After considering all of the similarities and differences, I believe the Douglas will work better with side sleepers. Folks who go to bed in this position and stick there often find their shoulders and hips jammed up on firmer mattresses. The pressure relief from the contouring comfort and transition layers works wonders for nighttime comfort in the side position. The Douglas also has some surprising features that work for couples—motion isolation and good edge support.
Considering the slightly firmer profile of the Endy, I believe that strict back sleepers have a winner here. There is support for the spine in the poly foam transition layer along with a good level of comfort from the open cell memory foam layer above it. Combo sleepers should also enjoy the balance between support and pressure relief the Endy generally gives in all positions.
The Endy offers a 100 day trial period and a 10 year warranty. The Douglas is slightly more generous in both regards with a 120 night trial period and a 15 year warranty. Both mattresses come compressed when shipped, so be sure to let them decompress for a few hours before testing. Shipping is free for both in Canada, by the way.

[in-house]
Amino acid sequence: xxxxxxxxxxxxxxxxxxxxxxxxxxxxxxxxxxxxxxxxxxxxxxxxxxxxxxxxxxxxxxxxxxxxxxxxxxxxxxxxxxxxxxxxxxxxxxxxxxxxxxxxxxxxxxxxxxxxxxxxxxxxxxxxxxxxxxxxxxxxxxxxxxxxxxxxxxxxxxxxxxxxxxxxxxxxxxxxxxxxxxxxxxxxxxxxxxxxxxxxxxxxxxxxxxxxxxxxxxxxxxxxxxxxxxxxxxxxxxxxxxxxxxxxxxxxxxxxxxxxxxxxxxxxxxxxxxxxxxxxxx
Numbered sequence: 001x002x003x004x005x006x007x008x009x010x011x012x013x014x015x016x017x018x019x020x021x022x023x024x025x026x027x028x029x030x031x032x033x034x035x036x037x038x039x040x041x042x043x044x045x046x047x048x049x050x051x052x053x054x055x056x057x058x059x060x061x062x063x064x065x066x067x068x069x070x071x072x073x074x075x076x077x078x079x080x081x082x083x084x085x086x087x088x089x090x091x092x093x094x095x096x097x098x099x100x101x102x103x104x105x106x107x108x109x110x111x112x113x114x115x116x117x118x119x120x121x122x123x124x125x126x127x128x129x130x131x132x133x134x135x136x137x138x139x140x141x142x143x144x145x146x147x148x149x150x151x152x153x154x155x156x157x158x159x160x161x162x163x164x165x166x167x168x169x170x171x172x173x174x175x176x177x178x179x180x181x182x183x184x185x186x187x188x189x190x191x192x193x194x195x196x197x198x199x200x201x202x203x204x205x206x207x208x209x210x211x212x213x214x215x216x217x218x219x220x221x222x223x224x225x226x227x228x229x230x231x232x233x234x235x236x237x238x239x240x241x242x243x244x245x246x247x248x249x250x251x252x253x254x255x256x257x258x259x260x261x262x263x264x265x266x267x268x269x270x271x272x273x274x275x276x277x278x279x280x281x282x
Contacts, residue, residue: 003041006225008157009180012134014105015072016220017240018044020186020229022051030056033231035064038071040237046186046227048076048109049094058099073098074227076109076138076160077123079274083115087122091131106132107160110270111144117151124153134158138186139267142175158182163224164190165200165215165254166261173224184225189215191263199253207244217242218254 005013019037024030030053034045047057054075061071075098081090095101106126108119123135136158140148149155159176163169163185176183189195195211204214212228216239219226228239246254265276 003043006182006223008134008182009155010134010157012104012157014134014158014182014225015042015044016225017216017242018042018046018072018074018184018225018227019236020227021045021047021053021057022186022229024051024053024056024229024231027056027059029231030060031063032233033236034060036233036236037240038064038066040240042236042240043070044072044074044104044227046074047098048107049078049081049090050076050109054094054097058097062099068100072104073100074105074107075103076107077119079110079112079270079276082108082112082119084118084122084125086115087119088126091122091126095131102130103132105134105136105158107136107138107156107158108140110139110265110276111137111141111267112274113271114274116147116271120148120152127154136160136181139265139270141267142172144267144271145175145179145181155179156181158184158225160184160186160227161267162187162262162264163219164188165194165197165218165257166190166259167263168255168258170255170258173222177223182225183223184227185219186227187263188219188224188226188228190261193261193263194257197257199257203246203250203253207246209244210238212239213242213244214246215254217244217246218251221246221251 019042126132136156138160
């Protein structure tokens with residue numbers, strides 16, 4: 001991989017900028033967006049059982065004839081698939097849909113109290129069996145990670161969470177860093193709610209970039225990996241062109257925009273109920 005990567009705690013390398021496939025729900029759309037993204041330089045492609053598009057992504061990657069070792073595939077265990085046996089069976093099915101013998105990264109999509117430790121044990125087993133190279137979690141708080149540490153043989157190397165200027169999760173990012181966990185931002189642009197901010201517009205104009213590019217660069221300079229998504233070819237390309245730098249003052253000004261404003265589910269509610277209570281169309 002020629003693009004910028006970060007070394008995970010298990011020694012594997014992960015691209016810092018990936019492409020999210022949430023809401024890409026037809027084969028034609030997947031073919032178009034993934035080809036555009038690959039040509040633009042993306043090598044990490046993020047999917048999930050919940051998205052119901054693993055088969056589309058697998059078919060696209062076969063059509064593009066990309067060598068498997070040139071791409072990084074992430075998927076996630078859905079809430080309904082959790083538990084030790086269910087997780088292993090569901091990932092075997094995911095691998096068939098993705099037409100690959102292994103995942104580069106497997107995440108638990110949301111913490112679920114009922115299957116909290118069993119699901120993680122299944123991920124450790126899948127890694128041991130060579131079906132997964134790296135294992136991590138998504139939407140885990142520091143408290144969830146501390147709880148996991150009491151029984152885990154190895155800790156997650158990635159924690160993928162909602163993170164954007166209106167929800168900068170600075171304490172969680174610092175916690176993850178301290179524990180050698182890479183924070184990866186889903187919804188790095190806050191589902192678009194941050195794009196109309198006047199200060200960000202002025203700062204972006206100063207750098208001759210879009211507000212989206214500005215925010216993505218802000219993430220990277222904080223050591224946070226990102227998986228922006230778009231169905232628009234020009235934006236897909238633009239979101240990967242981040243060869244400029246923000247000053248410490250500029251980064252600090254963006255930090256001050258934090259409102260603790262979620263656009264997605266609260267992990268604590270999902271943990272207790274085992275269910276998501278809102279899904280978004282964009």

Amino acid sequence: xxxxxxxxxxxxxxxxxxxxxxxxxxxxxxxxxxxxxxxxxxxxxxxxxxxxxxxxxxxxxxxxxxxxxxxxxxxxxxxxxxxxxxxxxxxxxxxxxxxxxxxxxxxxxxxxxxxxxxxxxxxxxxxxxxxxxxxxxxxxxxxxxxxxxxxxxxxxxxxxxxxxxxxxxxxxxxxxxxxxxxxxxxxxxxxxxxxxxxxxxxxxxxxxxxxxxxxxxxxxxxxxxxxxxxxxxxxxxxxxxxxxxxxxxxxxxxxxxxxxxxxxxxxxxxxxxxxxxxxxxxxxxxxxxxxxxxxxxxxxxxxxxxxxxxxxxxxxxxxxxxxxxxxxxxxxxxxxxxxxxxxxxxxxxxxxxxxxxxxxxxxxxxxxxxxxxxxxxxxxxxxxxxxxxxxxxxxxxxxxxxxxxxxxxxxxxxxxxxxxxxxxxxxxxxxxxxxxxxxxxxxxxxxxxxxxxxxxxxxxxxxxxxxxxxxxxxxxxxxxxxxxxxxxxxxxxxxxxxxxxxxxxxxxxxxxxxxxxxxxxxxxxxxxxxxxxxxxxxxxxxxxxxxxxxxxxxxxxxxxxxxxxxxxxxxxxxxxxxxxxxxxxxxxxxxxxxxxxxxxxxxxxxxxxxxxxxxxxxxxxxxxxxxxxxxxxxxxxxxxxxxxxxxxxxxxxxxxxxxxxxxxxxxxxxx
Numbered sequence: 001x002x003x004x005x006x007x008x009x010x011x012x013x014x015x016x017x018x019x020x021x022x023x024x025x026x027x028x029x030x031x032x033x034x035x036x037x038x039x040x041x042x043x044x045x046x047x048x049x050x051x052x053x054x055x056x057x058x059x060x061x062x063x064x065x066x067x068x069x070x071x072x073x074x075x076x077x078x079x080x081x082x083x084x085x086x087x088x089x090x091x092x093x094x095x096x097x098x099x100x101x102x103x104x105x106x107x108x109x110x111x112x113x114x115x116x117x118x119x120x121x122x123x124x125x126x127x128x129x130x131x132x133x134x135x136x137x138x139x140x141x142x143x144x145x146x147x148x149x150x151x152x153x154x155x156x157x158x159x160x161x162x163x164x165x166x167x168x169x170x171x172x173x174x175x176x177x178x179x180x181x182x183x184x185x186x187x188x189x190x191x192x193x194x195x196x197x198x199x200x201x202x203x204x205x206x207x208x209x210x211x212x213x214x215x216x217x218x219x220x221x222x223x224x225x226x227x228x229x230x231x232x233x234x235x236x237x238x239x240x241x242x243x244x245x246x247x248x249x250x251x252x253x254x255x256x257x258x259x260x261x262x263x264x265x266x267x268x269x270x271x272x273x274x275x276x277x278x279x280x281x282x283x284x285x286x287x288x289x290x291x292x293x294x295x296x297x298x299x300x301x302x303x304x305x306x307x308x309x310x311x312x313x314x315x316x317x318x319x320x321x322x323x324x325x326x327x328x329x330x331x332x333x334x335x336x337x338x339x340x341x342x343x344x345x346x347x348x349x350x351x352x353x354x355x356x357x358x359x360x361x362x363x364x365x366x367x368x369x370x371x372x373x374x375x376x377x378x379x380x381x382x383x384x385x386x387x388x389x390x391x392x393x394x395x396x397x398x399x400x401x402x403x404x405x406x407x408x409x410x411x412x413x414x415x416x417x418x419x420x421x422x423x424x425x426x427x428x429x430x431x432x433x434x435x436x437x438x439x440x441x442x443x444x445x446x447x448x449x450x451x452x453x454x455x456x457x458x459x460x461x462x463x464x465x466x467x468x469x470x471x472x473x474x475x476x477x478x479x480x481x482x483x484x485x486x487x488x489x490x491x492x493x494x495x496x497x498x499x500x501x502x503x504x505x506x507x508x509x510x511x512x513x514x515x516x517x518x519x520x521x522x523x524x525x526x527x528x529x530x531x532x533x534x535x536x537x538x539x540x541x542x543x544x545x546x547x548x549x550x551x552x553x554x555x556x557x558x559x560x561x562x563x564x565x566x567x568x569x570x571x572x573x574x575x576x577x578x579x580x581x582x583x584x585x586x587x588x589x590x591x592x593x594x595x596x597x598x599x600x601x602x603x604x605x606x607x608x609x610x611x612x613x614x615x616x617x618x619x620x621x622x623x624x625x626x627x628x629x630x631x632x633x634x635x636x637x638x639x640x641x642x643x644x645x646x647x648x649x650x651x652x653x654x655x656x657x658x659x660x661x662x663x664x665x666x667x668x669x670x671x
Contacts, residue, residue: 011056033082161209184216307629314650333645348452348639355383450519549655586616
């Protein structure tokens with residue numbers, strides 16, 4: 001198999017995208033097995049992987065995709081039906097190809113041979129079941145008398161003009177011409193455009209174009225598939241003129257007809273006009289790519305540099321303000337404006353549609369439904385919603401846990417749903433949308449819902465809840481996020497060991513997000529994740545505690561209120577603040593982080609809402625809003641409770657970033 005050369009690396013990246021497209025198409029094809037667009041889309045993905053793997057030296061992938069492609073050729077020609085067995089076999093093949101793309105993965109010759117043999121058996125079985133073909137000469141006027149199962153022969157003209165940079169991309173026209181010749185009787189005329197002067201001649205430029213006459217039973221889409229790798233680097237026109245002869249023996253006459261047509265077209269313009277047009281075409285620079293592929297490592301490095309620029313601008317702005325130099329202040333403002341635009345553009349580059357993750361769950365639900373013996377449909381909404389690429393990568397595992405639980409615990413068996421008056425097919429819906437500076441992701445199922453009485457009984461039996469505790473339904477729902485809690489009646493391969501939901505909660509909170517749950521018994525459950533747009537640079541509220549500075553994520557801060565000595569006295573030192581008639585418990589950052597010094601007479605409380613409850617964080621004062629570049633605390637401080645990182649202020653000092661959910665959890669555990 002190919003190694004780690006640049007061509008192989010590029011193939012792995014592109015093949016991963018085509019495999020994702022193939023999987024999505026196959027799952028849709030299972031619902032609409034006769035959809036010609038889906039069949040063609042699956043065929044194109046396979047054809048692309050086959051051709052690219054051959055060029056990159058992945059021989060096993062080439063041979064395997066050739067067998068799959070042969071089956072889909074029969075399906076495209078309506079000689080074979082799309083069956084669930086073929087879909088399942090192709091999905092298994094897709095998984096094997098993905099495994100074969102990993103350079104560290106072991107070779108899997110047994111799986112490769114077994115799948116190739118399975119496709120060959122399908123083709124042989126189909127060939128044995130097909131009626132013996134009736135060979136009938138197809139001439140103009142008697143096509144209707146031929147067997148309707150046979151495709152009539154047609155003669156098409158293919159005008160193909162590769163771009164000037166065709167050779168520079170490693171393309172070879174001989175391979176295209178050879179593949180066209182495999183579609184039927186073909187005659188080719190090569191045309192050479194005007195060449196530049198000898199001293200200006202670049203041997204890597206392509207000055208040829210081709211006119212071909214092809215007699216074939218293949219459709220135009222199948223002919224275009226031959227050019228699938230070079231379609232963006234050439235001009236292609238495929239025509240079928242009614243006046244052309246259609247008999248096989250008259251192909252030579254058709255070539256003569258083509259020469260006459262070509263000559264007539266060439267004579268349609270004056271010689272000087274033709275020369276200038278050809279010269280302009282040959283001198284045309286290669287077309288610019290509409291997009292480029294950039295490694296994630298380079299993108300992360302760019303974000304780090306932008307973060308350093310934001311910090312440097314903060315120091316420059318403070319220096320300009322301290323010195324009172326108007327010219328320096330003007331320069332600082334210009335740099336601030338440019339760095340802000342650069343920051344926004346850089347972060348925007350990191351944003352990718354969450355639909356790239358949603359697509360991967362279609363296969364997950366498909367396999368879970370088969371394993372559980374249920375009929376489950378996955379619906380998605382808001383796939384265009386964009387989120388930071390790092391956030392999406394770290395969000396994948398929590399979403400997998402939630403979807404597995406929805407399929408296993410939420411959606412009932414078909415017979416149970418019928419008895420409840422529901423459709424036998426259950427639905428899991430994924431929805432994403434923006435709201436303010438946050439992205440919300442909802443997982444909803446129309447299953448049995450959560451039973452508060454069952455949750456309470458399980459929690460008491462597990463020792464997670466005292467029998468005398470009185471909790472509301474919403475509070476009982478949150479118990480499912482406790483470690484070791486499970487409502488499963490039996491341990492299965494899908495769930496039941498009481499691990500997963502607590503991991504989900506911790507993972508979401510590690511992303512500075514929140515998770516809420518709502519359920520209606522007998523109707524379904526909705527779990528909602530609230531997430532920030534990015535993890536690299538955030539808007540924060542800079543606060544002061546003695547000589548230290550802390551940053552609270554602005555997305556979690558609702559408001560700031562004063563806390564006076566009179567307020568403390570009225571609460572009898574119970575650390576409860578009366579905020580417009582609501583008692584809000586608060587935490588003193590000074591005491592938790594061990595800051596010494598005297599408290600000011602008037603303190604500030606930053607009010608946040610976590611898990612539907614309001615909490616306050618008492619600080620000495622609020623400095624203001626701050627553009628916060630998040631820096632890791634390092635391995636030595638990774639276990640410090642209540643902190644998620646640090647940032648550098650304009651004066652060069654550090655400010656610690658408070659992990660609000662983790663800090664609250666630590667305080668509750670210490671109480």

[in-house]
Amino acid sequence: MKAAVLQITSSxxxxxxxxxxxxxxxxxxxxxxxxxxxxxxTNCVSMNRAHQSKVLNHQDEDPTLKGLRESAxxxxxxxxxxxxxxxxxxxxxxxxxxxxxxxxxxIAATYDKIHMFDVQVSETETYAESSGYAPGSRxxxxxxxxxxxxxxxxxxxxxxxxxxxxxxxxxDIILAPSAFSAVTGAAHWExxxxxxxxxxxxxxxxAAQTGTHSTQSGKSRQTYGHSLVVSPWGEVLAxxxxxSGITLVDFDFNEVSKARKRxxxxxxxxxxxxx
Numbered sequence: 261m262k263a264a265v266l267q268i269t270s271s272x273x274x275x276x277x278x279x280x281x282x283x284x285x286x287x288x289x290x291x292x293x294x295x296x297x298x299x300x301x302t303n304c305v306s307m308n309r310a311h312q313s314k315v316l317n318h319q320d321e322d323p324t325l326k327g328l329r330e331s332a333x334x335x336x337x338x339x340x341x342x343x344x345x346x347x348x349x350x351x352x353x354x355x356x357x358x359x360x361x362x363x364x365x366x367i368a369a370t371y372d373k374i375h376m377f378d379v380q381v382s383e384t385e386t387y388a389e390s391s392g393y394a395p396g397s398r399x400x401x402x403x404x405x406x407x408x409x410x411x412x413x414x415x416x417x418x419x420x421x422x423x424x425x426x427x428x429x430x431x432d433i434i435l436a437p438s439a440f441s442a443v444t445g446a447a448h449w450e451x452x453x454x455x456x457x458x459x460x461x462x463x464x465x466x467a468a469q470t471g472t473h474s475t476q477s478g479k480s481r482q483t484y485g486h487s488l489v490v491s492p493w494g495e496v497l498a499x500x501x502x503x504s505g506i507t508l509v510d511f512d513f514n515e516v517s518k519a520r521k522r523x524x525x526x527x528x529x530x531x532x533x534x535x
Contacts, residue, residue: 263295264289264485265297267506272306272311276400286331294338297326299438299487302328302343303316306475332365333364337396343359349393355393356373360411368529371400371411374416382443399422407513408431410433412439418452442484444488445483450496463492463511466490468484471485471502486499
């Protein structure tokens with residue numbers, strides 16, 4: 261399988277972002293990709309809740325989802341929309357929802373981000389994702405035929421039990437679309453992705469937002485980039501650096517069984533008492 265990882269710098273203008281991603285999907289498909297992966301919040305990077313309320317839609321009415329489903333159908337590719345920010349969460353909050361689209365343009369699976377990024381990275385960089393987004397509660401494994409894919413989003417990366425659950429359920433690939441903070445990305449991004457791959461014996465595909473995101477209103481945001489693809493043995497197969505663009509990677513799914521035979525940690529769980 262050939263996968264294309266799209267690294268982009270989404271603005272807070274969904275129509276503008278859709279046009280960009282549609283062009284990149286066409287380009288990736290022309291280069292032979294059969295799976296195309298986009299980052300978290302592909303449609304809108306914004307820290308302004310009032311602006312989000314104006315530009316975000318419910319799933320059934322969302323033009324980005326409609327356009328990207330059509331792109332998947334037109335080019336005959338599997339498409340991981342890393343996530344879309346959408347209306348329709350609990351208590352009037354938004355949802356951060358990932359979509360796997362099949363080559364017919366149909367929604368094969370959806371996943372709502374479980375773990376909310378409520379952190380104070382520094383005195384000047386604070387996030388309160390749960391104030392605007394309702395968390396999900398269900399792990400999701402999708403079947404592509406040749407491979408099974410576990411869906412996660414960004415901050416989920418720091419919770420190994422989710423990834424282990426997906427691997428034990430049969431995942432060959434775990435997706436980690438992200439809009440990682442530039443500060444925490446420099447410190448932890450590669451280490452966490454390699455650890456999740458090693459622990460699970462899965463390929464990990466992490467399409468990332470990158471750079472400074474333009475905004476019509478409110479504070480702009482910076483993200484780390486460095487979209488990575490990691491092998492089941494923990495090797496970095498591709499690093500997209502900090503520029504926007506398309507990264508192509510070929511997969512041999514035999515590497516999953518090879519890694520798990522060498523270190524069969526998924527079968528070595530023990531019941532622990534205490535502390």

I will close out this review with a few core takeaways from the Douglas and Endy comparison. If you ever need a short refresher course on the points in this text, come back to this list of features.
- Strict side sleepers get a lot of pressure relief in the shoulders and hips because of the Douglas’ softer overall profile. This keeps the spine aligned and prevents pressure hotspots from forming in these areas over time.
- If you sleep with a restless partner, the Douglas tends to isolate motion. It also has good edge support, which means more room for each sleeper on the bed. Both things are good for couples.